• initiates
  • Tir is also a receptor tyrosine kinase (RTK) that initiates its intimate adherence by inserting a hairpin orientation in the intestinal cell membrane to enable tight binding to intimin on the bacterial cell outer membrane. (wikipedia.org)
  • We found that a 44 kb region corresponding to the Zfpm2 locus initiates de novo recruitment of PRC2. (harvard.edu)
  • melanogaster
  • When signs of selection (as inferred from sequence comparisons within Drosophila simulans populations and between D. simulans and D. melanogaster ) in immune genes and nonimmune genes were evaluated, immune genes as a group were found to have higher K A / K S ratios than nonimmune genes, providing evidence for elevated adaptive evolution ( S chlenke and B egun 2003 ). (genetics.org)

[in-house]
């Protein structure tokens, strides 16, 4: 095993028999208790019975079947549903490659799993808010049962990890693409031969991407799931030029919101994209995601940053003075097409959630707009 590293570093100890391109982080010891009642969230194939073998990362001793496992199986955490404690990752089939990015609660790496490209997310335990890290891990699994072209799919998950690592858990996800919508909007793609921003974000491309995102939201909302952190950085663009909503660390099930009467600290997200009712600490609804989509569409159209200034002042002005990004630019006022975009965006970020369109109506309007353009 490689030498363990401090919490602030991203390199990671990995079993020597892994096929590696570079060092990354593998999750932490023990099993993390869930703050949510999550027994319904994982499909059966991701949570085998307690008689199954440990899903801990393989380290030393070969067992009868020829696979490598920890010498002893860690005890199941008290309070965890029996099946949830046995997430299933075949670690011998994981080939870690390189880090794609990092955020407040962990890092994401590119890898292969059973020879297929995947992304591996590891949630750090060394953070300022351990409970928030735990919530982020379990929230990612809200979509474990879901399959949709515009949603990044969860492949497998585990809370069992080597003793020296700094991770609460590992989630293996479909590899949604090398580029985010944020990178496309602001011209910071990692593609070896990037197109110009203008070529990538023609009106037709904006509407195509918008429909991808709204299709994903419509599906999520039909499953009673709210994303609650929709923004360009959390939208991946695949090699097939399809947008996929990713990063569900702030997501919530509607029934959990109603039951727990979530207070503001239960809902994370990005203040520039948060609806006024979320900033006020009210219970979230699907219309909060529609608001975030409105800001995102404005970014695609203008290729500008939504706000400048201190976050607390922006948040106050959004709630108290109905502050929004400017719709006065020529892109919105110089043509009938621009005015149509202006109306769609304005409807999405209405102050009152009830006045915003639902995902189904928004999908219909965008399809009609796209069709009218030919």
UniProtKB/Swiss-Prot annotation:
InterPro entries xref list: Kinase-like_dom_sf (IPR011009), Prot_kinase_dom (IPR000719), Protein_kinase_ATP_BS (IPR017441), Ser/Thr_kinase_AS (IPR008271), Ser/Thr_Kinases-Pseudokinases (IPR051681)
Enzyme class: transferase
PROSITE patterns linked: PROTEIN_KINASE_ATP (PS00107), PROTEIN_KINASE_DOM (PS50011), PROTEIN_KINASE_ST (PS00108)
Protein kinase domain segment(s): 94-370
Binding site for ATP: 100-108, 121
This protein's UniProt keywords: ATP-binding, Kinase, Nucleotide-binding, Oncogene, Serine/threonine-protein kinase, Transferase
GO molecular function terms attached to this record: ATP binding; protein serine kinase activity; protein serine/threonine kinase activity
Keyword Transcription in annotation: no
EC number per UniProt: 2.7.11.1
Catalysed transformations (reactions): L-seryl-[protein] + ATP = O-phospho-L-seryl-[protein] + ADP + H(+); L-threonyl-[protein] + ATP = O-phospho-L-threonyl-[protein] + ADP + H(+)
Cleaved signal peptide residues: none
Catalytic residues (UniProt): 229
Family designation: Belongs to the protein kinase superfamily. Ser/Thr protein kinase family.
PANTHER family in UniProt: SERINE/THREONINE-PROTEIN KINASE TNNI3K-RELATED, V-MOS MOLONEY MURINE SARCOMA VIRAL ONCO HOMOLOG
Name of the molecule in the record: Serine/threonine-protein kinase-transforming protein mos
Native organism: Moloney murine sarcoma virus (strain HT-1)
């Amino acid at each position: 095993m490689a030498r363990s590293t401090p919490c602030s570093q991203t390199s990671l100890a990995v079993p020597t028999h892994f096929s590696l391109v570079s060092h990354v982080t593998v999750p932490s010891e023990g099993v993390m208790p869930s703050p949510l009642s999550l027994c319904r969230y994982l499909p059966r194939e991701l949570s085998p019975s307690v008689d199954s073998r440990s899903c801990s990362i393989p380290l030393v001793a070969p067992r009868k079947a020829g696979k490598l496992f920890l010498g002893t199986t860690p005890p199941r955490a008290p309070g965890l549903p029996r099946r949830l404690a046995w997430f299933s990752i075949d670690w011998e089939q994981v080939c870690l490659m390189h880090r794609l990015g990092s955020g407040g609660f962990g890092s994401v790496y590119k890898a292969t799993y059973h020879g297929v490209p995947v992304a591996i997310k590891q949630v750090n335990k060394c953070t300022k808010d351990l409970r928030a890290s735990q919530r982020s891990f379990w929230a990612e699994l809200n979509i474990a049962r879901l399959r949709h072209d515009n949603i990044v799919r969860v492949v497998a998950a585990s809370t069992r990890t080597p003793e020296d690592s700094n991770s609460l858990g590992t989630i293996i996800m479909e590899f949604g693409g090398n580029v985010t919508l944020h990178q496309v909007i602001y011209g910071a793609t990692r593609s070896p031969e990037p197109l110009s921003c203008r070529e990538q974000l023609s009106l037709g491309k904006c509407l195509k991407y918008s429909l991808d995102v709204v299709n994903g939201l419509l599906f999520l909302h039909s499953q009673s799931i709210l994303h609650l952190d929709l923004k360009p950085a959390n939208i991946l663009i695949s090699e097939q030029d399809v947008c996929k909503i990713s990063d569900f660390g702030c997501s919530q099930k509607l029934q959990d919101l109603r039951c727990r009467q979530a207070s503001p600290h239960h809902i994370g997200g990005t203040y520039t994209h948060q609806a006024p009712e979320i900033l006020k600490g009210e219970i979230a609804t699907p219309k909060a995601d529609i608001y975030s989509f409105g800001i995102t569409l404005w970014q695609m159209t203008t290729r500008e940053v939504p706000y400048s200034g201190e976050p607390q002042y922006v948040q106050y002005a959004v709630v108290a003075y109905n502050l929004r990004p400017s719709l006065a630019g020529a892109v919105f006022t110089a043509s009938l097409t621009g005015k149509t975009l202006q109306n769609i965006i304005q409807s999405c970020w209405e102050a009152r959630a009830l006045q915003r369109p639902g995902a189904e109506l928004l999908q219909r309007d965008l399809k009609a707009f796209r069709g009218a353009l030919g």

• plasmid
  • Of particular interest is the Ssr8013-Slr8014 system encoded on plasmid pSYSG, which is part of a larger defense island or the pSYSX system Slr6056-Slr6057, which is linked to a bacterial ubiquitin-like system. (mdpi.com)
  • innate
  • THE deep evolutionary conservation of many specific genes in innate immunity underscores the potent forces of natural selection maintaining this vital function. (genetics.org)
  • alleles
  • In 2012, 163 IBD susceptibility loci were confirmed, which means that 163 alleles that can increase the susceptibility to the disease have been found. (wikipedia.org)
  • immune
  • Although the presence of multiple loci complicates the analysis of IFNg gene expression, it may also offer a mode of immune modulation not found among mammals. (jimmunol.org)
  • sRNAs
  • Small RNAs (sRNAs) are post-transcriptional regulators of gene expression that play fundamental roles in the response of bacterial cells to environmental cues. (weizmann.ac.il)